Kal didn’t care. To Kal, the tower was built with black stone and smoke and storm clouds. (p. 109)
Almost it feels as if these two stories belong to two different genres. When occasionally questions are raised about Heven's history, it is understood that they are not going to be answered. "What had transpired, in the intervening centuries since Heven was found, to erase the memory of [the Hilda Lini's] landing so?" (p. 81). This is the sort of thing Bani's story, if it were told, would answer. And yet most of the story is told from Kal's perspective. We shift rapidly between being told exactly what Kal thinks, feels, and dreams at a particular moment to being reminded that even the narrator does not have all of the facts.
The episodic nature of the narrative adds to the feeling that these events are merely incidents in the life of Kal, rather than forming a coherent plot of their own. There's no narrative to connect the boys' horrifying experience on the island of the Narawan, their encounter with the people of the Migdal ("tower" in Hebrew) tree and the final journey north to the Tower. One occasionally gets the sense that Kal has become the sort of mythological figure about whom multiple stories are told, without these being in any particular order to form a biography of his life. The possibly "apocryphal" story with which Cloud Permutations opens only adds to this sense.
The culture of Heven is connected to the earth ancestry of its people in numerous small ways—the ship named after Hilda Lini, the town named after Jon Frum. The most noticeable of these is the use throughout the book of Bislama; phrases in the language are used to title each chapter and pop up frequently in the text.
I'm not sure why Tidhar needs to explain that Bislama is "the old language of the islands of Earth . . . a language that had evolved from English vocabulary and Melanesian structure, the Esperanto of the South Pacific Ocean back on old Earth" (p. 26). The similarity to English makes it tempting to attempt interpretation. This is simple enough at first—the Bislama phrases that title each chapter generally occur soon after in their English translations. But not every meaning is freely given, and it's unclear whether this is a reminder that Bislama is a language in its own right and not that accessible, a continuation of the book's policy to tell us as little as possible, or both. Much of the appeal of the Bislama here is also in seeing how familiar phrases translate; to know that "Ol smol grinfala man oli no blong ples ia" (45) are "little green aliens," or to read Tidhar's translated verses of "Kubla Khan" onto the original.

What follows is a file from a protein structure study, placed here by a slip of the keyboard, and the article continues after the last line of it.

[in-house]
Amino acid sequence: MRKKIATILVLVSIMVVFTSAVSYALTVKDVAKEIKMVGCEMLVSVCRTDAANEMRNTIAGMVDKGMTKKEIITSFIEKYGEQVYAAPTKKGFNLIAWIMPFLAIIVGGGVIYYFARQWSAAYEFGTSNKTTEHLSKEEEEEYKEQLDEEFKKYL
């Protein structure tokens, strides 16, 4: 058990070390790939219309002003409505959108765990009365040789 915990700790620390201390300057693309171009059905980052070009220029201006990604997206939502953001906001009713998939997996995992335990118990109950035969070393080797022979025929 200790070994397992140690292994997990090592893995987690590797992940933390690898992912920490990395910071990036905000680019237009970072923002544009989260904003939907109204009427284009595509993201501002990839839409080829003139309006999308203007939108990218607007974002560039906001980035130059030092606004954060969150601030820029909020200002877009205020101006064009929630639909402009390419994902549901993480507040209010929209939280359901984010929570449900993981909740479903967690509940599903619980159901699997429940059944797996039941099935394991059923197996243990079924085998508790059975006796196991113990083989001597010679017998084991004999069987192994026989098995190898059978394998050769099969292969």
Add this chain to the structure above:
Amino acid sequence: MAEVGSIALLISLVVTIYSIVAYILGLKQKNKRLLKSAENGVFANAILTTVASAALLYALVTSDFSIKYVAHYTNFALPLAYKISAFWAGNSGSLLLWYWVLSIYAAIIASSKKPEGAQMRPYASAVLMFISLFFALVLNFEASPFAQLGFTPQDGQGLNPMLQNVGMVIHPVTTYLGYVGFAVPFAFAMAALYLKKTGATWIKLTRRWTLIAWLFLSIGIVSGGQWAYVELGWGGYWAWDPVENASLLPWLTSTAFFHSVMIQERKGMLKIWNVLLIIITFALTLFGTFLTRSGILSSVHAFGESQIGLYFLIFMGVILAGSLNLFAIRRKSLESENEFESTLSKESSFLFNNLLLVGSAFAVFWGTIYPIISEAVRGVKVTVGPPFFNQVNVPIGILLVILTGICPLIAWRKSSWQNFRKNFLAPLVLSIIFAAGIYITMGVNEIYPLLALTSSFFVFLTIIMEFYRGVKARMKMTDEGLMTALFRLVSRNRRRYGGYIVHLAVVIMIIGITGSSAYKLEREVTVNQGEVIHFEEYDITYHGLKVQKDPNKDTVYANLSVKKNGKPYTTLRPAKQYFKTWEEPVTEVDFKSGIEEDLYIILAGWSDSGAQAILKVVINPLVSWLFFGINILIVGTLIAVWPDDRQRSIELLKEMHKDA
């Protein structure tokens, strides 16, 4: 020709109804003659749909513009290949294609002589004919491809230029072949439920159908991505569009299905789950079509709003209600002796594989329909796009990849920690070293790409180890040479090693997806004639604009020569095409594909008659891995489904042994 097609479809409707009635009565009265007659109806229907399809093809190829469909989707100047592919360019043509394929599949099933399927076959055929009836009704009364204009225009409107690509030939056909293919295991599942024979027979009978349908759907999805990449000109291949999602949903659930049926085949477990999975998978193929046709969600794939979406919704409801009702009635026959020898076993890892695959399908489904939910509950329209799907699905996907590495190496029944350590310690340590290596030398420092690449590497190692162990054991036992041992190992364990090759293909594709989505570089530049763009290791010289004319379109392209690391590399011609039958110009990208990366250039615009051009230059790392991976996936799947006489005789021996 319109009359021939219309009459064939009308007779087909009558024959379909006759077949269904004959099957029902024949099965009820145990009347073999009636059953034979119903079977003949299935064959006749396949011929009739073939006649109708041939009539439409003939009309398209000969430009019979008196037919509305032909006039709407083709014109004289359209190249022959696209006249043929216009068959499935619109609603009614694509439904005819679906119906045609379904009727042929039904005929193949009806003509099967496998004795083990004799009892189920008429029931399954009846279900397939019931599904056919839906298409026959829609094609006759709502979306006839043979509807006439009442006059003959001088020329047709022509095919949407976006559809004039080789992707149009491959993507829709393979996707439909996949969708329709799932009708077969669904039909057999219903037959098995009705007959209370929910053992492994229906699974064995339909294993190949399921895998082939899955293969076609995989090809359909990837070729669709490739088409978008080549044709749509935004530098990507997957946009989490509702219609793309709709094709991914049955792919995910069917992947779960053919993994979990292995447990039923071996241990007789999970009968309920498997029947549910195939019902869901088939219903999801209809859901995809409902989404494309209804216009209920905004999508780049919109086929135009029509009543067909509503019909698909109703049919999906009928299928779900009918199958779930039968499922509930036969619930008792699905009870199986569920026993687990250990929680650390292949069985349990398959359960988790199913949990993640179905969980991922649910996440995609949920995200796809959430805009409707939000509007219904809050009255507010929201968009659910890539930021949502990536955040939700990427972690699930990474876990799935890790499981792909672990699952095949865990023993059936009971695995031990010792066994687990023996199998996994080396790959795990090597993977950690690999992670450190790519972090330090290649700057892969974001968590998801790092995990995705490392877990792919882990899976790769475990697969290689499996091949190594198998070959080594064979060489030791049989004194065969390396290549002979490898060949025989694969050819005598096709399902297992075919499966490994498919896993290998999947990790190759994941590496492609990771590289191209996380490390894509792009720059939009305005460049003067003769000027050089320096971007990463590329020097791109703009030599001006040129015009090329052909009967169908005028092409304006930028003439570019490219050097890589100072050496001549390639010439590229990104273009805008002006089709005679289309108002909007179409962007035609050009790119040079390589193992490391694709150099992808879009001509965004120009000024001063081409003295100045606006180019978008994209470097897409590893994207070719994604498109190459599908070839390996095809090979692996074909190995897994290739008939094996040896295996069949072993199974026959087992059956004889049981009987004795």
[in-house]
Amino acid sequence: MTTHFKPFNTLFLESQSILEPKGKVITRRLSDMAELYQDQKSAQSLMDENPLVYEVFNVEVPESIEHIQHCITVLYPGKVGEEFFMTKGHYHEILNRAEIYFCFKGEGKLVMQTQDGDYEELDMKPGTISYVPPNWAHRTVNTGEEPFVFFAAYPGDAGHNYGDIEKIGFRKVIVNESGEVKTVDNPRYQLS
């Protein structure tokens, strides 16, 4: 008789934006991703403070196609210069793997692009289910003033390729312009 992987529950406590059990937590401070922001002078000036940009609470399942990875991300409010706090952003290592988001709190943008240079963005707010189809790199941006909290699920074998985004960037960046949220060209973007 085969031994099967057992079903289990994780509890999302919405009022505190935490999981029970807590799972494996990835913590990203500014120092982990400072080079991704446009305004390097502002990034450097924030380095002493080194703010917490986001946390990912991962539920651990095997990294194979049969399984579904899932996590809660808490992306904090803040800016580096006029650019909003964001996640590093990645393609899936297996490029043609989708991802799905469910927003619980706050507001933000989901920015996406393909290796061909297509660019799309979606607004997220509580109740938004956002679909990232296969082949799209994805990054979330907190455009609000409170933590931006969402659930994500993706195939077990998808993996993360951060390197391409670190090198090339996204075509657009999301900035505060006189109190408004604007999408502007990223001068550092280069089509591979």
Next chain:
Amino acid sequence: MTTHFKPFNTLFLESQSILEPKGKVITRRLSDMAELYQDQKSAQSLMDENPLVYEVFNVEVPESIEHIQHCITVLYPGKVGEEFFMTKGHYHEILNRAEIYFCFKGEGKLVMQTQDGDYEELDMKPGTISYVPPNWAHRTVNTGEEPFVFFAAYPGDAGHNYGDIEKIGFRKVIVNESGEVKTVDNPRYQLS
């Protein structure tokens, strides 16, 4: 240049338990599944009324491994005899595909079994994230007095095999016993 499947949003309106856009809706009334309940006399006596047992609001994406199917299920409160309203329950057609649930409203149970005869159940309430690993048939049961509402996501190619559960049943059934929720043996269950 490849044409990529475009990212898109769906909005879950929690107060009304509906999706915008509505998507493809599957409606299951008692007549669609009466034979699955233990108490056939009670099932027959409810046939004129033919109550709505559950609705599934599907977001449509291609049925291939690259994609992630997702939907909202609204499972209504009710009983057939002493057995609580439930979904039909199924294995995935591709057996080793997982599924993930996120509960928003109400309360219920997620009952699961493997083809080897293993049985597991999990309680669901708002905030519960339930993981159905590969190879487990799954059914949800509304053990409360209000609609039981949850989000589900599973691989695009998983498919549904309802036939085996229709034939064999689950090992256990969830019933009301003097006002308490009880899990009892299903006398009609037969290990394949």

Coleridge is one of a few writers to be mentioned by name—others include Cordwainer Smith (in a reference to a "Cord-wainer tower," p. 115) and an Israeli poet with suspiciously familiar initials, Lior Tirosh (who has appeared in other works by this author). But there are certainly references to other works. Lovecraft gets a nod, with the "Bigfala Olfala Ol Ting" (p. 47), "Olfala Bigwan" (54), or Great Old Ones, who seem to have lived in Heven's seas in the distant past. Less directly there's a possible nod to H. Rider Haggard and a whole tradition of Victorian adventure stories involving lost civilizations and nameless immortal wonders. It's unfortunate that pastiching these works means here to an extent replicating their gender politics—besides a brief appearance by a water worker and mention of an aunt there are two women in the book, and they both move the plot forward by dying.
The references to other works may just be Tidhar's fondness for pastiche, but they fit well here with the various meditations on stories and how they are told, and how they are left untold. Cloud Permutations is fascinating and infuriating because it is about its own failure to tell its story. Until the end it is reminding us that we "still cannot talk with, nor understand, clouds" (p. 119), and Kal's story must therefore remain a mystery.
Aishwarya Subramanian is an editor and freelance writer from New Delhi, India.